Team-wide effort required to slow McDavid - LA Kings Insider

On Monday, Drew Doughty spoke about the team-wide effort needed to contain a player like Connor McDavid, whose speed and ability to make the top defensemen in the league look silly was on display in last week’s Edmonton’s win at Rogers Place, especially in the first period.

Noting that he also needs to play McDavid better one-on-one, he also called to attention the need to slow down one of the league’s preeminent superstars before he gains the attacking end.

“Yeah, you definitely need to slow him down in the neutral zone,” Doughty said yesterday. “Last game there were many times where he kind of got through the neutral zone with a lot of speed and then you have your D who are pulled back from the other forwards, so therefore you have no gap on him and when he’s got speed, you’re kind of like a deer in headlights. You kind of have to guess at what he’s going to do because he’s moving at such a high speed.”

Speaking with reporters on Tuesday, he again called to attention the need to maintain a healthy gap on the forward, a tactic that begins with the forwards’ play up-ice. Dustin Brown also spoke about that effort after the morning skate.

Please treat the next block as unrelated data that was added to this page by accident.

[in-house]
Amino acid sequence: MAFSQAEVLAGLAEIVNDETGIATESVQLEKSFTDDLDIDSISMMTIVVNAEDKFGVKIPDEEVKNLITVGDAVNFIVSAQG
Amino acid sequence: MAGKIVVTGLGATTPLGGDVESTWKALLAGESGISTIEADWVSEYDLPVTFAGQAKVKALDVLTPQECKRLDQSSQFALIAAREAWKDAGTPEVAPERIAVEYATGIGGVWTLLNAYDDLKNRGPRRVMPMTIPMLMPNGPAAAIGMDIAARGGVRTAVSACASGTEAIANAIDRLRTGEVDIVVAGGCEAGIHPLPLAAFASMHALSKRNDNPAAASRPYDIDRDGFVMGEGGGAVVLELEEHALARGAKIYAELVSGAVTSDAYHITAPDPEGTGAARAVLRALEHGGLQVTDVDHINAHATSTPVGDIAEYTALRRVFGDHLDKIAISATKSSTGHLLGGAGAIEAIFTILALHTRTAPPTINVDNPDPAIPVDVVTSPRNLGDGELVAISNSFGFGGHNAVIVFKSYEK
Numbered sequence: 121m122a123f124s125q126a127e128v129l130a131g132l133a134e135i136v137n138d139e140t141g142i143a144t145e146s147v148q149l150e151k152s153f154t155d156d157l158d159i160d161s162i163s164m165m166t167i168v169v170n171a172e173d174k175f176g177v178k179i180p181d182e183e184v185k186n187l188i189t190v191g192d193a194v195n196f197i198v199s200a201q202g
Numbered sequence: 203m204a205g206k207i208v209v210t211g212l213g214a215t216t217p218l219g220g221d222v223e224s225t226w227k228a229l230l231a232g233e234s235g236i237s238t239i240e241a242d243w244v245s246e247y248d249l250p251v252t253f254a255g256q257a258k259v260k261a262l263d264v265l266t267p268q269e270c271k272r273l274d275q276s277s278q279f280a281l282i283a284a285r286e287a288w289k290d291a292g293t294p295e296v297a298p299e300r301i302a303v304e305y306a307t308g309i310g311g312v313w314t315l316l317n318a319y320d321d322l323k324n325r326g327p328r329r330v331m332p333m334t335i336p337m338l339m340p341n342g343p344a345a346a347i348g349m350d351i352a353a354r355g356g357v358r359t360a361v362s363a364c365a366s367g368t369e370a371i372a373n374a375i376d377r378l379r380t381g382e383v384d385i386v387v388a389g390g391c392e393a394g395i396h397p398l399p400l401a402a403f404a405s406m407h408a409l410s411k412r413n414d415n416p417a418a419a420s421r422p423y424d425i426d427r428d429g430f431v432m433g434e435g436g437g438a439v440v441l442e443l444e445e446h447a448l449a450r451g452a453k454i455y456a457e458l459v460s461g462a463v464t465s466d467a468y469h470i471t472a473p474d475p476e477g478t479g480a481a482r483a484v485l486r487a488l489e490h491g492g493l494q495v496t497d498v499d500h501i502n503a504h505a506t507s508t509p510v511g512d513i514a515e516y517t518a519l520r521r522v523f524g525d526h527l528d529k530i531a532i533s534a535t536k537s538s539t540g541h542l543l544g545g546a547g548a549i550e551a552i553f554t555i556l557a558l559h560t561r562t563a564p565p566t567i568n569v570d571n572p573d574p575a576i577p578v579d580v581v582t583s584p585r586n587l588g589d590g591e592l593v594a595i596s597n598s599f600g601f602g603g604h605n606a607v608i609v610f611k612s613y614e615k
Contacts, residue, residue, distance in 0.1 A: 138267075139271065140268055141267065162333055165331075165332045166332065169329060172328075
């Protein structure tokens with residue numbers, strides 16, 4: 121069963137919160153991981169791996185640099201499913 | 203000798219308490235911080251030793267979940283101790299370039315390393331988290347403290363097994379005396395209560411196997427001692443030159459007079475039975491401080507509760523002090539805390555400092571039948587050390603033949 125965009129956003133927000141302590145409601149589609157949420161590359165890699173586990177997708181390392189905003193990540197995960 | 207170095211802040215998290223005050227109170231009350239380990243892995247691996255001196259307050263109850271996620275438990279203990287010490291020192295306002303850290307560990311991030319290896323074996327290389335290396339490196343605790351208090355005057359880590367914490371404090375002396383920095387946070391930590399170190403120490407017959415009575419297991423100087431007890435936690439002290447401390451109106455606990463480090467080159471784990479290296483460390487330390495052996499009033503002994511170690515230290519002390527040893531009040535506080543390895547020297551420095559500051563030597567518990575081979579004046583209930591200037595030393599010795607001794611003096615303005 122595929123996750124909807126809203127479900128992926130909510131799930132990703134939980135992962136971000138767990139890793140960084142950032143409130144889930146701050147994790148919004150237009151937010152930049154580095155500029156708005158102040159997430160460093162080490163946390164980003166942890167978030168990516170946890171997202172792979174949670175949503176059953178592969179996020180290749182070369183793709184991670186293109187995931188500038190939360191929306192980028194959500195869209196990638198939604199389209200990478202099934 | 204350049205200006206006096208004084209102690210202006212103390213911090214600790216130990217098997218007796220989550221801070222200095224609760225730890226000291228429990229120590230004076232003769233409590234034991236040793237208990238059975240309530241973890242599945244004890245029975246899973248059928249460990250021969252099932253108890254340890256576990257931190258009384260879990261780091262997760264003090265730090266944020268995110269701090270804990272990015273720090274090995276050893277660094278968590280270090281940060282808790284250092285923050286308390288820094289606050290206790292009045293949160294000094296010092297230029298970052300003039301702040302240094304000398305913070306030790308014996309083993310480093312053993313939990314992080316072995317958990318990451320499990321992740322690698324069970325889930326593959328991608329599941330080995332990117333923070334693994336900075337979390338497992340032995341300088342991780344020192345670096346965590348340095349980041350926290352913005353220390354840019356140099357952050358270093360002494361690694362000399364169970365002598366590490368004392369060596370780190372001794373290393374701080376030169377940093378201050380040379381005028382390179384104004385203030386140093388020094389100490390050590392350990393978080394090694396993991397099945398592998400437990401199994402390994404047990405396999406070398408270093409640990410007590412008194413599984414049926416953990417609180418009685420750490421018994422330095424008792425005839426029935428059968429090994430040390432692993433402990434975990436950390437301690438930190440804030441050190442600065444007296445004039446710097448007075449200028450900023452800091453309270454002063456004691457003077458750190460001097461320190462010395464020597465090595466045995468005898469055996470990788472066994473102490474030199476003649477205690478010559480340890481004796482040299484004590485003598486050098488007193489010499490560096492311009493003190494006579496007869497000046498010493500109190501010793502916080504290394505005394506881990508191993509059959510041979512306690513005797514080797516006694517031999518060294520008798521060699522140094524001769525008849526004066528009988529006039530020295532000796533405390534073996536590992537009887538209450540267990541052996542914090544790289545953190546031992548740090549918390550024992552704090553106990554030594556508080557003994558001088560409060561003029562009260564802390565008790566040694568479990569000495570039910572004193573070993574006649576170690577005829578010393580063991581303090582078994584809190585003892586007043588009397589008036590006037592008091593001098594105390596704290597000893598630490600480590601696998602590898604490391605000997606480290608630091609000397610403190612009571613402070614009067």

“You can get in his way, slow him down. If you can get in front of him early, in his path, it’s not an easy thing to do, but forwards can definitely help our D out,” Brown said. “If he’s coming full speed from inside his blue line with no obstruction it’s going to be tough for our D. … Nudge, push, just get a hook on him. Get in his way and make him go the long way. Make him change his route. All those little things can help.”

Brown noted that he didn’t think that officials watched McDavid closer than other players, and that penalties were the direct result of the player gaining his second gear, not being slowed down by neutral zone obstruction.

“His speed creates a lot of problems for a lot of players and as a result they take more penalties,” Brown said. “It’s pretty simple I think watching him play. … I think it’s more how fast he is with the puck because that’s the difference between a lot of players. There’s a lot of fast players in this league but they take a step, a gear down when they get the puck. His top speed is fast and when he gets the puck it maintains, right? And that’s unique.”

Dustin Brown, on what he’s noticed about playing at Rogers Place in Edmonton:
It’s a good atmosphere for a new building. Some of these new buildings you go into and it’s kind of – the atmosphere is better than some of the newer buildings I’ve been in, partly and probably because of the excitement around the team. The ice is good.

Brown, on whether there are any pristine ice surfaces remaining in the league:
It’s hard to say. I find like Arizona quite honestly has really good ice. I think it’s probably because they have no humidity.